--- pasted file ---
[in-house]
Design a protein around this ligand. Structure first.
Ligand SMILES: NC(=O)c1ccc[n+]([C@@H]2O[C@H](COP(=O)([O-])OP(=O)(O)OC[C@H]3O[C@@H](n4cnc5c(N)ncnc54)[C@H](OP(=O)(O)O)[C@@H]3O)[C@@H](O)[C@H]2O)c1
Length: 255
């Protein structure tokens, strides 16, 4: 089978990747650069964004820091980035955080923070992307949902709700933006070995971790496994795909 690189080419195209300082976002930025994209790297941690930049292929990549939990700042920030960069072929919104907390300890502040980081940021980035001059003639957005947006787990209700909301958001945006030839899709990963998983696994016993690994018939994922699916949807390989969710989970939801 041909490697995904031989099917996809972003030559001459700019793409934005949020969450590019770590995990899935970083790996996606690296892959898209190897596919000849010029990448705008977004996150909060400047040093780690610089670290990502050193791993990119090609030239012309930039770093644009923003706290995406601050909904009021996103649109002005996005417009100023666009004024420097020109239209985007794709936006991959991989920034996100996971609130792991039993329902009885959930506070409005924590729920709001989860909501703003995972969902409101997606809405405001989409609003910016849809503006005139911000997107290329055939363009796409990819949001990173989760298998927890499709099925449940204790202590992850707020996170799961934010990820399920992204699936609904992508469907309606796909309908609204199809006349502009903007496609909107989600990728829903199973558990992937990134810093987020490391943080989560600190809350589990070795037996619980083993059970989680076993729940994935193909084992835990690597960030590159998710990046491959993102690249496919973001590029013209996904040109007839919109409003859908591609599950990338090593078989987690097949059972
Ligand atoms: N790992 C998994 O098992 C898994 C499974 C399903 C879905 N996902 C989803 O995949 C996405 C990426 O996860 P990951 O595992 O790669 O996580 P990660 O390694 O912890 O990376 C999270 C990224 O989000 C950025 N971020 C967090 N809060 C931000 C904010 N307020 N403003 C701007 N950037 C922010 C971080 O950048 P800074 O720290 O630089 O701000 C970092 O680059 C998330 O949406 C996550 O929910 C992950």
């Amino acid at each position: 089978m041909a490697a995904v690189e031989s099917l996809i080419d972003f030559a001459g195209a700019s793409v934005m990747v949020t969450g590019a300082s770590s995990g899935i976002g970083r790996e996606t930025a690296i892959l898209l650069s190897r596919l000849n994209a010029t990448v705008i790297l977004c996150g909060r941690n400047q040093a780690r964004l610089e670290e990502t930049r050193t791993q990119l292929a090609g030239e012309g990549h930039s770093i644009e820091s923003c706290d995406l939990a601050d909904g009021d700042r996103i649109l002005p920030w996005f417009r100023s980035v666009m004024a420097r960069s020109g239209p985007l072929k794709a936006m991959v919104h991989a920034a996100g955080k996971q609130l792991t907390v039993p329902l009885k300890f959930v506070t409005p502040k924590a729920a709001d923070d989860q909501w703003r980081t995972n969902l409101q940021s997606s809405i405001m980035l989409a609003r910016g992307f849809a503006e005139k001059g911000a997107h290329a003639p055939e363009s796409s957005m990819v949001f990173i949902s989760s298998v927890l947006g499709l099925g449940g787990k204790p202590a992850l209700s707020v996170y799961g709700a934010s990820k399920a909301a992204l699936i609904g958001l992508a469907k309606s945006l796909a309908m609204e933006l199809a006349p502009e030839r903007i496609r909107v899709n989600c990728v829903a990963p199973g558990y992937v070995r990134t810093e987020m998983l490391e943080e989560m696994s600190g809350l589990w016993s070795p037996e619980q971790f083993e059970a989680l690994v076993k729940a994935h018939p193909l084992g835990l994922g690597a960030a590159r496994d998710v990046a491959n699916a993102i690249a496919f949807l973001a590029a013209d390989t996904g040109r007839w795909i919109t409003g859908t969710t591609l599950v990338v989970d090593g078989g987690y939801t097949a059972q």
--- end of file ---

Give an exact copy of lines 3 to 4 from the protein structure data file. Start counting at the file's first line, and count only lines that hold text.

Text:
Ligand SMILES: NC(=O)c1ccc[n+]([C@@H]2O[C@H](COP(=O)([O-])OP(=O)(O)OC[C@H]3O[C@@H](n4cnc5c(N)ncnc54)[C@H](OP(=O)(O)O)[C@@H]3O)[C@@H](O)[C@H]2O)c1
Length: 255